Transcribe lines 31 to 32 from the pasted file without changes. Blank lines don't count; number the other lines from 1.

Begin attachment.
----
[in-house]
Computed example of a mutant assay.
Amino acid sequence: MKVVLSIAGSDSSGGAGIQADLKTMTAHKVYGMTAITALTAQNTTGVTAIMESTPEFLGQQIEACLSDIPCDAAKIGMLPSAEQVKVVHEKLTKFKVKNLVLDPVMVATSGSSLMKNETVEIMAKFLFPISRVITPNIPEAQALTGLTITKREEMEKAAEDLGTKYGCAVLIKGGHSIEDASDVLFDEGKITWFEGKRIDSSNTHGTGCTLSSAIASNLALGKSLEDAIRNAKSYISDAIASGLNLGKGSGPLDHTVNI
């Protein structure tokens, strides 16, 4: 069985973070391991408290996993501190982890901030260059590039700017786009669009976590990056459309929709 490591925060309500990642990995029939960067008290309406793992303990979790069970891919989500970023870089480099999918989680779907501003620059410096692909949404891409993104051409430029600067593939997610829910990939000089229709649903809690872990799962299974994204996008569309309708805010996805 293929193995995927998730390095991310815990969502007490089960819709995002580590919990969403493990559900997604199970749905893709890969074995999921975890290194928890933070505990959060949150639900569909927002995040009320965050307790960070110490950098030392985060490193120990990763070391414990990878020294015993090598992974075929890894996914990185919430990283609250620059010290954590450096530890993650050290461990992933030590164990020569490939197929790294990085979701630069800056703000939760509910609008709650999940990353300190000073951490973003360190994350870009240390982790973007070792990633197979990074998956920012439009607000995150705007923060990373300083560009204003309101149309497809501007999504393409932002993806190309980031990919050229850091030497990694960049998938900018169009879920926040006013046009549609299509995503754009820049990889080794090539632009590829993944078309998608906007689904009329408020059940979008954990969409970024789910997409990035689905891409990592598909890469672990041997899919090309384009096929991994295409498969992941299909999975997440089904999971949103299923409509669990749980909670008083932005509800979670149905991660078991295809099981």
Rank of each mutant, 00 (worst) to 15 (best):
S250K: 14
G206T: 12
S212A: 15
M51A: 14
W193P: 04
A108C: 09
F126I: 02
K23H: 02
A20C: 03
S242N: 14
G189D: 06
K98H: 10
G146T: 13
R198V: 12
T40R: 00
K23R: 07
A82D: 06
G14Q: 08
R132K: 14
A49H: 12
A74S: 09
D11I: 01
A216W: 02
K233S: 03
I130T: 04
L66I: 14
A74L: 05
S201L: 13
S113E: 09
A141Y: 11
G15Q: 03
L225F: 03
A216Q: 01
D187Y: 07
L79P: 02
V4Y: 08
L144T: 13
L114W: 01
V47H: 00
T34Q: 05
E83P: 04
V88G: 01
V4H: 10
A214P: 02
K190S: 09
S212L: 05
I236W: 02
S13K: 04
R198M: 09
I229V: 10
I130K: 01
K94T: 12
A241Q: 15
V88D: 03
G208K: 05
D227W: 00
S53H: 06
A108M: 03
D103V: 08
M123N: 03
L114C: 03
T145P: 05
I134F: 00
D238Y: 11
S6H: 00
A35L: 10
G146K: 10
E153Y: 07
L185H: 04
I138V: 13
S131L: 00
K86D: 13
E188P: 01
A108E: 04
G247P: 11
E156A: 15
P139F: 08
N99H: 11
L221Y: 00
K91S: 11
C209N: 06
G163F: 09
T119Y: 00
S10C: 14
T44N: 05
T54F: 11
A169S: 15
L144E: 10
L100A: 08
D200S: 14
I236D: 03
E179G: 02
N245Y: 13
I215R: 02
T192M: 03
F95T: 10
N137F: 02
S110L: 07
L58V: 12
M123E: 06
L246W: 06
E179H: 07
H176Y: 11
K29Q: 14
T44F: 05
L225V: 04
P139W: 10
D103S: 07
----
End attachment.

L66I: 14
A74L: 05